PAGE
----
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J Neurol Surg B Skull Base. 2012 Jun;73(3):197-207. doi: 10.1055/s-0032-1312707.

Surgical management of giant transdural glomus jugulare tumors with cerebellar and brainstem compression.

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  • 1Department of Otolaryngology-Head and Neck Surgery, Mayo Clinic School of Medicine, Rochester, Minnesota, United States.


Objective The objective of this study is to discuss the management of advanced glomus jugulare tumors (GJTs) presenting with intradural disease and concurrent brainstem compression. Study Design This is a retrospective case series. Results Over the last decade, four patients presented to our institution with large (Fisch D2; Glasscock-Jackson 4) primary or recurrent GJTs resulting in brainstem compression of varying severities. All patients underwent surgical resection through a transtemporal, transcervical approach resulting in adequate brainstem decompression; the average operative time was 12.75 hours and the estimated blood loss was 2.7 L. All four patients received postoperative adjuvant radiotherapy in the form of intensity-modulated radiation therapy or stereotactic radiosurgery. Combined modality treatment permitted tumor control in all patients (range of follow-up 5 to 9 years). Conclusion A small subset of GJTs may present with intracranial transdural extension with aggressive brainstem compression mandating surgical intervention. Surgical resection is extremely challenging; the surgical team must be prepared for extensive operating time and the patient for prolonged aggressive rehabilitation. Newly diagnosed and recurrent large GJTs involving the brainstem may be controlled with a combination of aggressive surgical resection and postoperative radiation.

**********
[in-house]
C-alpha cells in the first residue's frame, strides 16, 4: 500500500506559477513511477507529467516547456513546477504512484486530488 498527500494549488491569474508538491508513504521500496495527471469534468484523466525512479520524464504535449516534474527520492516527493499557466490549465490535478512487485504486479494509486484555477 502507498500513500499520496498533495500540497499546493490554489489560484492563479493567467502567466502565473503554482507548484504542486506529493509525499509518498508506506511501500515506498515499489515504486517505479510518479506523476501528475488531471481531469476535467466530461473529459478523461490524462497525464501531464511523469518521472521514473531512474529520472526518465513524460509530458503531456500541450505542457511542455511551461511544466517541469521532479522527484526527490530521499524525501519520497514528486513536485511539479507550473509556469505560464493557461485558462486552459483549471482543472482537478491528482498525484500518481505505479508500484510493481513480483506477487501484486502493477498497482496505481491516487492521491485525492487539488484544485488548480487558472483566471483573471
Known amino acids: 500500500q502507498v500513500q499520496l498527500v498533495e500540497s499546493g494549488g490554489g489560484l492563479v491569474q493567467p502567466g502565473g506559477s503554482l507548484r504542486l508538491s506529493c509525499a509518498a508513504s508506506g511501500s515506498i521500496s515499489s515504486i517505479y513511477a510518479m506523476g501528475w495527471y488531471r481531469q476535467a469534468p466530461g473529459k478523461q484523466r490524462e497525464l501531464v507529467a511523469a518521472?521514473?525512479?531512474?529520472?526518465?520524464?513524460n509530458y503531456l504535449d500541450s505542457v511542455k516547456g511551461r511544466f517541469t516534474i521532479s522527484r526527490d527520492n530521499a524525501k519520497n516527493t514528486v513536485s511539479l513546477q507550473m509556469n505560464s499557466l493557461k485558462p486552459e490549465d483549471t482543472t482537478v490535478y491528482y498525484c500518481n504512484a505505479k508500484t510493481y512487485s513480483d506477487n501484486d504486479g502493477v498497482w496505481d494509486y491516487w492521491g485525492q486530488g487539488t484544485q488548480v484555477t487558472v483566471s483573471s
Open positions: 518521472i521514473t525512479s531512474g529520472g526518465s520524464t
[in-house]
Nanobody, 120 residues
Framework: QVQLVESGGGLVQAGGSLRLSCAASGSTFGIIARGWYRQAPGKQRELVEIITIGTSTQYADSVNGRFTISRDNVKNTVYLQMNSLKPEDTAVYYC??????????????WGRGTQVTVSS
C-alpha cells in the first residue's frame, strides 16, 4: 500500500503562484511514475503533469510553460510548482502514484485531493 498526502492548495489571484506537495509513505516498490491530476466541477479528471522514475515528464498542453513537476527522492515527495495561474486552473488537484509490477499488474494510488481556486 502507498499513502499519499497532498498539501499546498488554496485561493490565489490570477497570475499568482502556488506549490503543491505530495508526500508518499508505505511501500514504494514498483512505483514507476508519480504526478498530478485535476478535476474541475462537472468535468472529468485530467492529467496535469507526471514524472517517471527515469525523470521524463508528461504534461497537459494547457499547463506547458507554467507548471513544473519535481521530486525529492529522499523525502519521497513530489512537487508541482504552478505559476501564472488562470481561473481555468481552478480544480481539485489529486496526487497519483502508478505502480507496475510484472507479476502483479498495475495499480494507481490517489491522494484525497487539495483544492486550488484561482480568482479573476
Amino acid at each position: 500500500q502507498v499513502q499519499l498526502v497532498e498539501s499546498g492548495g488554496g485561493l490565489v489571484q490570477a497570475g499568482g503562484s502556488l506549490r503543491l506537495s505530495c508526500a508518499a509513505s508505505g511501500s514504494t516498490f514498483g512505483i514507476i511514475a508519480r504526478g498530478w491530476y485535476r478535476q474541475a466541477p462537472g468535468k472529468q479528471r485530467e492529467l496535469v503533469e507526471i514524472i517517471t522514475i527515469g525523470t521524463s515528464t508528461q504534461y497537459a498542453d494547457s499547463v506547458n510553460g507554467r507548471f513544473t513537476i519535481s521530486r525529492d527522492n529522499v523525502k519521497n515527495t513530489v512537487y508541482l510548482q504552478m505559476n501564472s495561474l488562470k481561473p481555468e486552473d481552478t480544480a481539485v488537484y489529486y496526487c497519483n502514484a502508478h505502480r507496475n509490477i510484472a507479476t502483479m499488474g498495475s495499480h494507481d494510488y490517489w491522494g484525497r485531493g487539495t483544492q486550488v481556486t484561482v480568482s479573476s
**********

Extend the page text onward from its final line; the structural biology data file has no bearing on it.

glomus jugulare; lateral skull base; paraganglioma

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